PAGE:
One much-fretted-over outcome is authoritarian government in the USA. We can see the larval stage of that now with the tea baggers and the theocratic right-wing and a Republican Party that has made itself hostage to the John Birch Society — but I maintain, as I wrote in The Long Emergency, that it's more likely the federal government will become impotent and ineffectual, and therefore unable to carry out a "corn-pone Nazi" program, even if such characters got a hold of the offices.

In any case, America will be faced with rebuilding all the major pieces of its economy at a lower scale: farming, commerce, transportation, education, banking, you name it. This re-set will occur naturally — if we don't blow ourselves to Kingdom Come — but there's no telling how long the process might take. We do know that following the collapse of Rome, Western Europe endured nearly a thousand years of relative hardship. I'd add that societies are essentially emergent organisms and that this economic re-set would therefore be an emergent phenomenon — not something that required centralized planning or anything like it.

One notable side effect of all this will be a "time out" from technological innovation, which is destroying the ecosystem of the planet Earth, our only home. The human race needs a time out from all this techno-magic-mischief, a period to reflect on what we've done and how we ought to behave with this stuff. I don't even know for sure whether it's a time out or a game-over for technology, and I'm not convinced that we need to know at this point.

6. What steps are you currently taking in preparations for the upcoming “post-peak” years? What do you advise to those simply looking to protect the purchasing power of their current wealth?

JHK:  Well, at 62 I've already outlived Babe Ruth, Mozart, Abe Lincoln, and George Gershwin,  so however long I go from here is "gravy."  But I do all I can to maintain good health. I eat mostly plants, as Michael Pollan would say. I get a lot of exercise. I lead a purposeful daily life. I stay current with the dentist. I made the formative decision of where-to-live over thirty years ago when I settled in a "Main Street" small town in upstate New York. My surplus wealth is invested for the moment in hard gold, the Sprott Physical fund, Australian and Canadian short term bond funds (cash equivalent), and potash mining. I am renting my dwelling, sitting out the housing collapse. I acquired the NY State handgun permit (not so easy). I have some tubs of brown rice, lentils, and curry powder, etc., stashed away. Alas, I didn't have the capital twenty years ago to get hold of forty acres and a mule — but that's not a bad idea for other people.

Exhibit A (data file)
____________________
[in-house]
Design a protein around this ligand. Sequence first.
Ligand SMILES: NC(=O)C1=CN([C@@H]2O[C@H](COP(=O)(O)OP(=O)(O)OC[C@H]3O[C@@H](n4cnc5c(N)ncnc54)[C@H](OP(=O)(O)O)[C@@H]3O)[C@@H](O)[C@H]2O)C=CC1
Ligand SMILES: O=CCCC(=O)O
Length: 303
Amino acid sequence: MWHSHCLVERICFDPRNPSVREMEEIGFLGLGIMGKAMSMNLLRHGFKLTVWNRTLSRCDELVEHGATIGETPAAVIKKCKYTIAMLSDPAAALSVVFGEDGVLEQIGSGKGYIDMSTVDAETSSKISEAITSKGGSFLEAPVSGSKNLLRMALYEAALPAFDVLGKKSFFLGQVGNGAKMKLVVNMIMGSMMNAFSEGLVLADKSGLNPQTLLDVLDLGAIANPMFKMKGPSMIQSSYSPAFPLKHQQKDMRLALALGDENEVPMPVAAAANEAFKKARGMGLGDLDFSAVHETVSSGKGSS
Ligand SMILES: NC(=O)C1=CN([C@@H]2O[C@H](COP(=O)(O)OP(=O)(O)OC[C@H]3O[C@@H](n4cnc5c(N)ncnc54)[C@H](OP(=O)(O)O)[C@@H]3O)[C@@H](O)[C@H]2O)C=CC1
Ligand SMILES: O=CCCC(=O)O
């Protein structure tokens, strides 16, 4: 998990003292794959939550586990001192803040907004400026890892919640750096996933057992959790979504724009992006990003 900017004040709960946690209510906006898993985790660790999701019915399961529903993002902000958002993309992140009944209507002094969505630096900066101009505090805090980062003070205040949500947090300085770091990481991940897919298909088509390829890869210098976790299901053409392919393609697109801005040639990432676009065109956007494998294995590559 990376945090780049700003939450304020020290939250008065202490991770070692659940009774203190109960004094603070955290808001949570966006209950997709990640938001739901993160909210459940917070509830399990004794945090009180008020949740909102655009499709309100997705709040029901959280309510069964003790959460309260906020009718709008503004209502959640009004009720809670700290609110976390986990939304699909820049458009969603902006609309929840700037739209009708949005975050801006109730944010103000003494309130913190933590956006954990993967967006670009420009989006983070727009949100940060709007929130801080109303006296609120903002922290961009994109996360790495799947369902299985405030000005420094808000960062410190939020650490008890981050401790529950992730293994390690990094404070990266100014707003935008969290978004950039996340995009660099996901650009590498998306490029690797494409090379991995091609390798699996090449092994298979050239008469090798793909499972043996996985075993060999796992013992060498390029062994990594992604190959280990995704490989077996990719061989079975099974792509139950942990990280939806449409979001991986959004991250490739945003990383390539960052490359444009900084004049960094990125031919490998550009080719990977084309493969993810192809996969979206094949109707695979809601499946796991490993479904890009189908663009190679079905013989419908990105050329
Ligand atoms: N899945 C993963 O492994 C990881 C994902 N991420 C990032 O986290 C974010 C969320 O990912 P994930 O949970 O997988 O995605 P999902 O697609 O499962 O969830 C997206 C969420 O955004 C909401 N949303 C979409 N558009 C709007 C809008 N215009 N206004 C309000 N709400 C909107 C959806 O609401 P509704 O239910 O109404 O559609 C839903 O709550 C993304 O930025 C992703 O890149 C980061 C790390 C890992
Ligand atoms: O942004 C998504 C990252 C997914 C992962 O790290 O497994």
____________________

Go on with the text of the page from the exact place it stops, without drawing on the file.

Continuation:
7. Are you able to tell (either based on your website viewership or book sales, or from any other source) in which parts of the country/population your teachings are gaining the most traction?

JHK:  My only index of that is the size and mood of audiences where I speak around the country. The Pacific Northwest is always a lively spot. The people who show up are intelligent, informed, and interested. In Southern California I seem to be utterly unknown. Parts of the Midwest, such as Wisconsin and Minnesota, seem to be organizing for a different economy, but other parts (rural Illinois, Indiana, Ohio) are sheer zombie-land. New York City and Washington exist in bubble-fantasylands of their own. Rural New England is pretty Peak Oil aware, though the Boston-Cambridge hub is locked into transports of techno-rapture, probably due to the techno-grandiose culture of MIT. The baleful influence of Harvard shows up in the urban design and architecture field, where they are preoccupied with narcissistic careerism rather than repairing the human habitat. Dixieland is hopeless, what with their thrall to the born-agains and the misfortunes of their demographic (namely "Cracker Culture," which celebrates ignorance and violence). I don't follow my book sales, frankly, and my website manager knows more about the activity on my site than I do.

8. You speak to a lot of audiences and groups.  What has shifted over the years and what, if anything, gives you hope in those trends?

JHK:  I must tell you that I think almost nothing has shifted among the body politic except perhaps the levels of angst and desperation for individual citizens brought on by personal calamity involving job losses, debt, house repossession, family breakup, and related effects of our economic collapse. Meanwhile the distractions from all this pain and stress are ever more moronic — Dancing with the Stars starring Bristol Palin — can it get any worse?

Mr. Obama, who I voted for, has done almost nothing to address our energy predicament, and the 2200-page financial regulation bill he signed does little to reform the problems in capital finance — so, here we are eight months after Fin-Reg entering another stage of the banking crisis. We are still absolutely sleepwalking into the future.

9. It seems inevitable that the suburbs (with 60-mile commutes) and places like LA will suffer badly in a Peak Oil future.  Do you still hold the view that some regions are going to fare substantially better than others?